A type of problem-solving therapy called cognitive behavioral therapy (CBT) may help treat depression in people within residential treatment programs for drug and alcohol abuse, a new study suggests. The therapy may also help reduce substance abuse.
HealthDay reports that many people who are struggling with both depression and substance abuse issues do not receive treatment for both conditions. The researchers note that few people entering substance abuse treatment have access to effective depression treatment.
The study included 299 people who suffered from depression who were being treated at behavioral health facilities for substance abuse. Every four months, the facilities alternated between providing usual care for substance abuse, and usual care plus cognitive behavioral therapy. In this type of therapy, people learn how to identify and change destructive or disturbing thought patterns that have a negative influence on behavior.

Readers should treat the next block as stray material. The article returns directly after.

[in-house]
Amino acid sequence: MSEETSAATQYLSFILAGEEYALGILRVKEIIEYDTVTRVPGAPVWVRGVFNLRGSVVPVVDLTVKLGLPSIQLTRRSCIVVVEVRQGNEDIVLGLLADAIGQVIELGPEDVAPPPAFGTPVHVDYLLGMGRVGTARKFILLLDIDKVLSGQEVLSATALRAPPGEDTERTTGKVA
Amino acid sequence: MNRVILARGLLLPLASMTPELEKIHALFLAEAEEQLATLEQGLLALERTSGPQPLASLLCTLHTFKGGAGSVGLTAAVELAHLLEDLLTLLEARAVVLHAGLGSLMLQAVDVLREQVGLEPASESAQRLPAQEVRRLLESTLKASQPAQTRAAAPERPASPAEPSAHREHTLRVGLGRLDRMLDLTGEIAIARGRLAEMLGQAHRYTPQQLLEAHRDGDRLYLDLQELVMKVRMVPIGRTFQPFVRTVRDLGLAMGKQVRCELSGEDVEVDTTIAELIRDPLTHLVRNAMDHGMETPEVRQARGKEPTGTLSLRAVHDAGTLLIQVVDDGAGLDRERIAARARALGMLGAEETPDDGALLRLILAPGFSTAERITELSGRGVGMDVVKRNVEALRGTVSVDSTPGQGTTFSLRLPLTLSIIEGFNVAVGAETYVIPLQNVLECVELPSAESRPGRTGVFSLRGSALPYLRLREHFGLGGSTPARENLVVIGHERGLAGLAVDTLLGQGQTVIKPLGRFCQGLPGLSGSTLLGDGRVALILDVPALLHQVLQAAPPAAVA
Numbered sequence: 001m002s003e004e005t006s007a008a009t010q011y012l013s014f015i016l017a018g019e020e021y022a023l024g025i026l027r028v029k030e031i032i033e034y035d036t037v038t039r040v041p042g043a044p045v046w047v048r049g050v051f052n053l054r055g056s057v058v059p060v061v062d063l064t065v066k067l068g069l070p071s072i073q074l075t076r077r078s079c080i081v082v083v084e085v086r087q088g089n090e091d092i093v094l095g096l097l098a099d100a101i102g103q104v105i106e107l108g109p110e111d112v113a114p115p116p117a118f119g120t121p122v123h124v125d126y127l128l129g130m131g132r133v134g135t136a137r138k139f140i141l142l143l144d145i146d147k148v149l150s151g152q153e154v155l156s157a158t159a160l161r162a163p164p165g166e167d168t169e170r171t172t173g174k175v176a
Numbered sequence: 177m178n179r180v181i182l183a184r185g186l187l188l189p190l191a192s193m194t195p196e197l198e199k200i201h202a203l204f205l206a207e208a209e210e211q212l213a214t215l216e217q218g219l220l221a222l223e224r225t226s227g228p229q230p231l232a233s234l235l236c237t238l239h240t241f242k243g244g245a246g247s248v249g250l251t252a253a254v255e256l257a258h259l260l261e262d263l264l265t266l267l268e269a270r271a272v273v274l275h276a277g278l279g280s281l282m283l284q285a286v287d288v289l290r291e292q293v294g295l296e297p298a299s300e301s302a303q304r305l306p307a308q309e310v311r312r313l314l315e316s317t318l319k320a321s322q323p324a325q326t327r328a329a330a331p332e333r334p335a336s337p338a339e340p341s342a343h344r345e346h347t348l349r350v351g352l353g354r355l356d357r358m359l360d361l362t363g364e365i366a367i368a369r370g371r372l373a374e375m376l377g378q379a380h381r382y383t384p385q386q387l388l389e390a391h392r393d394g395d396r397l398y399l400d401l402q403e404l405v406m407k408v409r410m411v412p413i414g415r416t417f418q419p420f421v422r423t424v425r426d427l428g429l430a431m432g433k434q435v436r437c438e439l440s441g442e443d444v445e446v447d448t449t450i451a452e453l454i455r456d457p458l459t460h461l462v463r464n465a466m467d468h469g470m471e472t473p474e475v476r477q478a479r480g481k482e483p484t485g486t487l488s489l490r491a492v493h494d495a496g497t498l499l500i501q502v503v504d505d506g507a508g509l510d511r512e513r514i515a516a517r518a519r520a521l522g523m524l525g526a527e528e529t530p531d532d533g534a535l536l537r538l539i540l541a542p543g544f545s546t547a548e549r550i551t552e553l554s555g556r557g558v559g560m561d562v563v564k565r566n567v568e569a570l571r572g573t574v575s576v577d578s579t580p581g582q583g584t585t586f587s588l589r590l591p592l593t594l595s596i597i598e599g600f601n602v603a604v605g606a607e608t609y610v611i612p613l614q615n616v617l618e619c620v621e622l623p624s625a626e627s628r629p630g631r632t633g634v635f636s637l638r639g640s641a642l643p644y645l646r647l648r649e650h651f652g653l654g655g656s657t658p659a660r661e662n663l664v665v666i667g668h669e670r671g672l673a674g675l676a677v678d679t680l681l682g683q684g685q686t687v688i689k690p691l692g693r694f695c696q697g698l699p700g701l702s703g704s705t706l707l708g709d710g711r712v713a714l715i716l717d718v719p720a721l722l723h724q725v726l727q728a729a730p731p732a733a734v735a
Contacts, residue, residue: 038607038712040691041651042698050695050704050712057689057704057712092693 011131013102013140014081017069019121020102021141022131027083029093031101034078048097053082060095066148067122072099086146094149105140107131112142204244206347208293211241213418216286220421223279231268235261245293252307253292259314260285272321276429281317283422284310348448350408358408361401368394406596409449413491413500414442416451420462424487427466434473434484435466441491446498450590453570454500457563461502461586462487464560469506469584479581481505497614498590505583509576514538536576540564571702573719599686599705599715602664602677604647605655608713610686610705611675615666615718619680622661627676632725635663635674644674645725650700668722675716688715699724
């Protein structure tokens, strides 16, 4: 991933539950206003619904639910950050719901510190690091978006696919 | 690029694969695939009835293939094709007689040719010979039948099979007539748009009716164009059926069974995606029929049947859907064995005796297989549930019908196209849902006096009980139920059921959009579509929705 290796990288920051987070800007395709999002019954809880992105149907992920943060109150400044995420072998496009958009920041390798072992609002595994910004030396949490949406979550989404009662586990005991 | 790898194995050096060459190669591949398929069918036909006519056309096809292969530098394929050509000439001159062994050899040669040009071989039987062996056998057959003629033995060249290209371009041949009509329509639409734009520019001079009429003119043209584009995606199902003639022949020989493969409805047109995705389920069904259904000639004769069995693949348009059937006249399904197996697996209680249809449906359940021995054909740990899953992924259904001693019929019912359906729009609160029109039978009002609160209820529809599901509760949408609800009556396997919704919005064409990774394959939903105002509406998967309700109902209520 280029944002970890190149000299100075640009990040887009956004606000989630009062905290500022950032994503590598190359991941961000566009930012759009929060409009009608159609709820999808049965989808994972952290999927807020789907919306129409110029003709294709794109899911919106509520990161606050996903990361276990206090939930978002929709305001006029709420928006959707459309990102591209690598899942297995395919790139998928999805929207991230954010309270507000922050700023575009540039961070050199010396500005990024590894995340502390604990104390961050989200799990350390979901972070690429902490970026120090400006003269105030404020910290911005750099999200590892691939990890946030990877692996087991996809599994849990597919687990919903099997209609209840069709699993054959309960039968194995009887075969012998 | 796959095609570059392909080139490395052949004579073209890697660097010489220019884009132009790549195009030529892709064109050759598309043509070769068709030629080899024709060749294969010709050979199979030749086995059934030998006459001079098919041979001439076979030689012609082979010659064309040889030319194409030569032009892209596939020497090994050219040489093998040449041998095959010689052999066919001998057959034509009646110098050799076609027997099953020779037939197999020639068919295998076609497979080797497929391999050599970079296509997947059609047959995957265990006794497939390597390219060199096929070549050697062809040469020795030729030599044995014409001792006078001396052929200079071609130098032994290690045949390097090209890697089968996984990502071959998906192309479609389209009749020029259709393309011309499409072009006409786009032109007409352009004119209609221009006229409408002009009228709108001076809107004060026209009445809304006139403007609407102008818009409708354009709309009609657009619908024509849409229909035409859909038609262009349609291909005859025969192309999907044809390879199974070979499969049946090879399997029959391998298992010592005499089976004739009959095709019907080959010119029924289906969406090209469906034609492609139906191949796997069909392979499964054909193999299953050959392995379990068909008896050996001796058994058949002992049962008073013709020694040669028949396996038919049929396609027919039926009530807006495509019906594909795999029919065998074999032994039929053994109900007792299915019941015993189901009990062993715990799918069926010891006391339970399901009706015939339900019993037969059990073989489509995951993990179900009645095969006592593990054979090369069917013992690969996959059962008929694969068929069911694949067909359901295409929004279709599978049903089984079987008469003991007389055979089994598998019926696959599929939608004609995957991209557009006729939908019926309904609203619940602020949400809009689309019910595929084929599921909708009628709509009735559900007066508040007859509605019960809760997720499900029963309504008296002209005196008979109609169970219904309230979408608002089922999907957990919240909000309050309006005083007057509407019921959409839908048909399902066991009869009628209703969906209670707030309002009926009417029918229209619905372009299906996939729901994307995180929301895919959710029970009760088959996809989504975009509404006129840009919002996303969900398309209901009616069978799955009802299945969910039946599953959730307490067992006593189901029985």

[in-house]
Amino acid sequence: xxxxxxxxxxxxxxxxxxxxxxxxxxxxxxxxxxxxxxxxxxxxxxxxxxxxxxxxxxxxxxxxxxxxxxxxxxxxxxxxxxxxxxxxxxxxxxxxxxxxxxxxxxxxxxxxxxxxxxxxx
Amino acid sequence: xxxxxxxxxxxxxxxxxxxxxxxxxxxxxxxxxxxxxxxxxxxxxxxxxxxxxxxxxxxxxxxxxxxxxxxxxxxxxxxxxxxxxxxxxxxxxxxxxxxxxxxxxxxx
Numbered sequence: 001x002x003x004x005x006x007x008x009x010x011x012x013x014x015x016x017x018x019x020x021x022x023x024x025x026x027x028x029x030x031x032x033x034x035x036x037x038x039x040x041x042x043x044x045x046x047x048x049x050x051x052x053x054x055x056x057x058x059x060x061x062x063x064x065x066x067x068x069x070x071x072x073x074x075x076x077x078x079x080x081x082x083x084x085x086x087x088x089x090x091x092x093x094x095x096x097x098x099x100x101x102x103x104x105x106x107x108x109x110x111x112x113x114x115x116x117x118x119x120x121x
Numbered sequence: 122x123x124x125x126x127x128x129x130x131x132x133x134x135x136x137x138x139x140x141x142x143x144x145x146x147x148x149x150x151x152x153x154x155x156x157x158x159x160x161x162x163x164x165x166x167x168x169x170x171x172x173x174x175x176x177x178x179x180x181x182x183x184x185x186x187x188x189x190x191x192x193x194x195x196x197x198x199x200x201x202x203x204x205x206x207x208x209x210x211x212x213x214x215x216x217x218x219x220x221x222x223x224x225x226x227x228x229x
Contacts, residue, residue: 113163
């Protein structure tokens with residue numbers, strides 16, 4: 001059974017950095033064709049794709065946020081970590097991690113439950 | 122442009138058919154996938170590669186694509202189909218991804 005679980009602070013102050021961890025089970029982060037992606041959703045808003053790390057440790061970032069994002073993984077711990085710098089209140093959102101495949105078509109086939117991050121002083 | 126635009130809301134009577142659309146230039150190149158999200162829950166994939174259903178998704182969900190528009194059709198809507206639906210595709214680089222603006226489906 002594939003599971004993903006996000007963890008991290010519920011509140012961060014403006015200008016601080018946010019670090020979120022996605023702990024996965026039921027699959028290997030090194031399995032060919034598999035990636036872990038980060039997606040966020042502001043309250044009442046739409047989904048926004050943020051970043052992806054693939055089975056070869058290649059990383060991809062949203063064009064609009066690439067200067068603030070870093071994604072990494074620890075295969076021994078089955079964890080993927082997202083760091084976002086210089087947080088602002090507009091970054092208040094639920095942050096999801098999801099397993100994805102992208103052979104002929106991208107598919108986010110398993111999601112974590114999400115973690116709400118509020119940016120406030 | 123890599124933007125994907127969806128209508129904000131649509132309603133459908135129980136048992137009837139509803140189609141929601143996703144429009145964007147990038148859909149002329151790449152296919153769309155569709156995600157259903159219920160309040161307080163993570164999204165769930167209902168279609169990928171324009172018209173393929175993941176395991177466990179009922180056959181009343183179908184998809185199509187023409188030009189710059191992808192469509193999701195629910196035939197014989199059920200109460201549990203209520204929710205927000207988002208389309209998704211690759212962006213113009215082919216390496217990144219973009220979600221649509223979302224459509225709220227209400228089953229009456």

After three months, those receiving CBT and substance abuse treatment reported significantly fewer depressive symptoms and improved mental health functioning compared with those only receiving substance abuse treatment. After six months, CBT clients reported fewer drinking days and fewer days of problem substance use, the researchers report in the Archives of General Psychiatry.